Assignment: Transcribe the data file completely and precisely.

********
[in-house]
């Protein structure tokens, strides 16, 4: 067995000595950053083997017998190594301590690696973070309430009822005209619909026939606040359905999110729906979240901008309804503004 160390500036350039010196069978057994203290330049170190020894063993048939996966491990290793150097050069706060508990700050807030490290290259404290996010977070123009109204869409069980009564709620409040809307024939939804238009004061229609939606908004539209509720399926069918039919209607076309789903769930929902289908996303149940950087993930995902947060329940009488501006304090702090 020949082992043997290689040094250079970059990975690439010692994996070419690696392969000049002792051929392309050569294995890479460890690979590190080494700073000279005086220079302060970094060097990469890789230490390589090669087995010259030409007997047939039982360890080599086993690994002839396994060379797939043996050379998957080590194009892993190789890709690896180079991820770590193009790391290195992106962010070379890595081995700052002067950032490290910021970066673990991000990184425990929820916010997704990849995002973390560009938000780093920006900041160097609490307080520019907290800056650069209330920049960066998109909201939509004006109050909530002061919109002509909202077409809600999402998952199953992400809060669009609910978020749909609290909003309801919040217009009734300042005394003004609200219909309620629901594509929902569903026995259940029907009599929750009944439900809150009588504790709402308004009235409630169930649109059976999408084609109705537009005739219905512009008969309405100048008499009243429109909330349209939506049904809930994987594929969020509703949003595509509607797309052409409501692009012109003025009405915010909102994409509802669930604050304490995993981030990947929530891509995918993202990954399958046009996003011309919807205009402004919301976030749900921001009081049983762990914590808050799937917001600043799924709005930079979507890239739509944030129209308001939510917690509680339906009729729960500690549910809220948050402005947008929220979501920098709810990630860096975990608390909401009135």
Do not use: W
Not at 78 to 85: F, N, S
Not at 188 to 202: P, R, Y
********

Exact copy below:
[in-house]
């Protein structure tokens, strides 16, 4: 067995000595950053083997017998190594301590690696973070309430009822005209619909026939606040359905999110729906979240901008309804503004 160390500036350039010196069978057994203290330049170190020894063993048939996966491990290793150097050069706060508990700050807030490290290259404290996010977070123009109204869409069980009564709620409040809307024939939804238009004061229609939606908004539209509720399926069918039919209607076309789903769930929902289908996303149940950087993930995902947060329940009488501006304090702090 020949082992043997290689040094250079970059990975690439010692994996070419690696392969000049002792051929392309050569294995890479460890690979590190080494700073000279005086220079302060970094060097990469890789230490390589090669087995010259030409007997047939039982360890080599086993690994002839396994060379797939043996050379998957080590194009892993190789890709690896180079991820770590193009790391290195992106962010070379890595081995700052002067950032490290910021970066673990991000990184425990929820916010997704990849995002973390560009938000780093920006900041160097609490307080520019907290800056650069209330920049960066998109909201939509004006109050909530002061919109002509909202077409809600999402998952199953992400809060669009609910978020749909609290909003309801919040217009009734300042005394003004609200219909309620629901594509929902569903026995259940029907009599929750009944439900809150009588504790709402308004009235409630169930649109059976999408084609109705537009005739219905512009008969309405100048008499009243429109909330349209939506049904809930994987594929969020509703949003595509509607797309052409409501692009012109003025009405915010909102994409509802669930604050304490995993981030990947929530891509995918993202990954399958046009996003011309919807205009402004919301976030749900921001009081049983762990914590808050799937917001600043799924709005930079979507890239739509944030129209308001939510917690509680339906009729729960500690549910809220948050402005947008929220979501920098709810990630860096975990608390909401009135």
Do not use: W
Not at 78 to 85: F, N, S
Not at 188 to 202: P, R, Y